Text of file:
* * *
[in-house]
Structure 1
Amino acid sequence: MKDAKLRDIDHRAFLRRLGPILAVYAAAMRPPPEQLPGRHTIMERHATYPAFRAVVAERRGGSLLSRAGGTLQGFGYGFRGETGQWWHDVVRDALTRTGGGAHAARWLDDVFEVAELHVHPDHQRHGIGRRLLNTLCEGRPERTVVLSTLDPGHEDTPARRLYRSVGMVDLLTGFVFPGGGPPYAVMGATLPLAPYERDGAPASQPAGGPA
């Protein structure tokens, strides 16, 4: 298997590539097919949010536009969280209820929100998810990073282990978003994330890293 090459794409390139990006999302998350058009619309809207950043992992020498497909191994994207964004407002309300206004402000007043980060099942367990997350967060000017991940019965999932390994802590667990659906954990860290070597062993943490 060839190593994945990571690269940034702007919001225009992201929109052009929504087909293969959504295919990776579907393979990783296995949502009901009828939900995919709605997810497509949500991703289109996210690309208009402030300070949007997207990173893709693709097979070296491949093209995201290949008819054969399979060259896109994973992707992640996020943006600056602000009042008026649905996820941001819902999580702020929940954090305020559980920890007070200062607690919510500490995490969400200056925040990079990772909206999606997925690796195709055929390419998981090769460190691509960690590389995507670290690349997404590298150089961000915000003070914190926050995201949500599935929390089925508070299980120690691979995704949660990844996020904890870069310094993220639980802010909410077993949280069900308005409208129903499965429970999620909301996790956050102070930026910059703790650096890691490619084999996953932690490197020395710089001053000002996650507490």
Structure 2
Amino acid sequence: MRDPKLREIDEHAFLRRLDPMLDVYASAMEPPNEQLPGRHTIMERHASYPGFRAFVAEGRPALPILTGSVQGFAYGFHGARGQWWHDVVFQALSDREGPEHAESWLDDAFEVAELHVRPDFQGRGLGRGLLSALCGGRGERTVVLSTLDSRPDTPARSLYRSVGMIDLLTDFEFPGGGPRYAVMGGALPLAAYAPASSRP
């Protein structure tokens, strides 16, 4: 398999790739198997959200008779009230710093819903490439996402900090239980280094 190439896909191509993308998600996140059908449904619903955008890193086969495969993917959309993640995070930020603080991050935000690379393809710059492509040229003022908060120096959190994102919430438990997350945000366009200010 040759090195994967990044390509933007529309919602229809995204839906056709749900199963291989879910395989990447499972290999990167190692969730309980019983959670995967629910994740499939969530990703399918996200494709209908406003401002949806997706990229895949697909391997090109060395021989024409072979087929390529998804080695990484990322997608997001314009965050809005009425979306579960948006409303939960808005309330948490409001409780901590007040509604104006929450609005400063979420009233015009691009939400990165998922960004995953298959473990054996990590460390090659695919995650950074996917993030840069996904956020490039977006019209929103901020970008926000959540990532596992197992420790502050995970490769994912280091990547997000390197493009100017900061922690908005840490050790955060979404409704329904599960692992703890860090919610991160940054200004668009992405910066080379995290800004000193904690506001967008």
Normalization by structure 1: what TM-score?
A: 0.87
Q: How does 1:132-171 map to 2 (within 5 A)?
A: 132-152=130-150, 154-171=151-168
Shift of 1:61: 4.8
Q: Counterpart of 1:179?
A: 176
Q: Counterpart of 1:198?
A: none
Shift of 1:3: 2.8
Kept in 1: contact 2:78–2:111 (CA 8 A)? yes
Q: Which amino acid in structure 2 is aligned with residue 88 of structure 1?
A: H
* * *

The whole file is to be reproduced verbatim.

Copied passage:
[in-house]
Structure 1
Amino acid sequence: MKDAKLRDIDHRAFLRRLGPILAVYAAAMRPPPEQLPGRHTIMERHATYPAFRAVVAERRGGSLLSRAGGTLQGFGYGFRGETGQWWHDVVRDALTRTGGGAHAARWLDDVFEVAELHVHPDHQRHGIGRRLLNTLCEGRPERTVVLSTLDPGHEDTPARRLYRSVGMVDLLTGFVFPGGGPPYAVMGATLPLAPYERDGAPASQPAGGPA
């Protein structure tokens, strides 16, 4: 298997590539097919949010536009969280209820929100998810990073282990978003994330890293 090459794409390139990006999302998350058009619309809207950043992992020498497909191994994207964004407002309300206004402000007043980060099942367990997350967060000017991940019965999932390994802590667990659906954990860290070597062993943490 060839190593994945990571690269940034702007919001225009992201929109052009929504087909293969959504295919990776579907393979990783296995949502009901009828939900995919709605997810497509949500991703289109996210690309208009402030300070949007997207990173893709693709097979070296491949093209995201290949008819054969399979060259896109994973992707992640996020943006600056602000009042008026649905996820941001819902999580702020929940954090305020559980920890007070200062607690919510500490995490969400200056925040990079990772909206999606997925690796195709055929390419998981090769460190691509960690590389995507670290690349997404590298150089961000915000003070914190926050995201949500599935929390089925508070299980120690691979995704949660990844996020904890870069310094993220639980802010909410077993949280069900308005409208129903499965429970999620909301996790956050102070930026910059703790650096890691490619084999996953932690490197020395710089001053000002996650507490």
Structure 2
Amino acid sequence: MRDPKLREIDEHAFLRRLDPMLDVYASAMEPPNEQLPGRHTIMERHASYPGFRAFVAEGRPALPILTGSVQGFAYGFHGARGQWWHDVVFQALSDREGPEHAESWLDDAFEVAELHVRPDFQGRGLGRGLLSALCGGRGERTVVLSTLDSRPDTPARSLYRSVGMIDLLTDFEFPGGGPRYAVMGGALPLAAYAPASSRP
């Protein structure tokens, strides 16, 4: 398999790739198997959200008779009230710093819903490439996402900090239980280094 190439896909191509993308998600996140059908449904619903955008890193086969495969993917959309993640995070930020603080991050935000690379393809710059492509040229003022908060120096959190994102919430438990997350945000366009200010 040759090195994967990044390509933007529309919602229809995204839906056709749900199963291989879910395989990447499972290999990167190692969730309980019983959670995967629910994740499939969530990703399918996200494709209908406003401002949806997706990229895949697909391997090109060395021989024409072979087929390529998804080695990484990322997608997001314009965050809005009425979306579960948006409303939960808005309330948490409001409780901590007040509604104006929450609005400063979420009233015009691009939400990165998922960004995953298959473990054996990590460390090659695919995650950074996917993030840069996904956020490039977006019209929103901020970008926000959540990532596992197992420790502050995970490769994912280091990547997000390197493009100017900061922690908005840490050790955060979404409704329904599960692992703890860090919610991160940054200004668009992405910066080379995290800004000193904690506001967008």
Normalization by structure 1: what TM-score?
A: 0.87
Q: How does 1:132-171 map to 2 (within 5 A)?
A: 132-152=130-150, 154-171=151-168
Shift of 1:61: 4.8
Q: Counterpart of 1:179?
A: 176
Q: Counterpart of 1:198?
A: none
Shift of 1:3: 2.8
Kept in 1: contact 2:78–2:111 (CA 8 A)? yes
Q: Which amino acid in structure 2 is aligned with residue 88 of structure 1?
A: H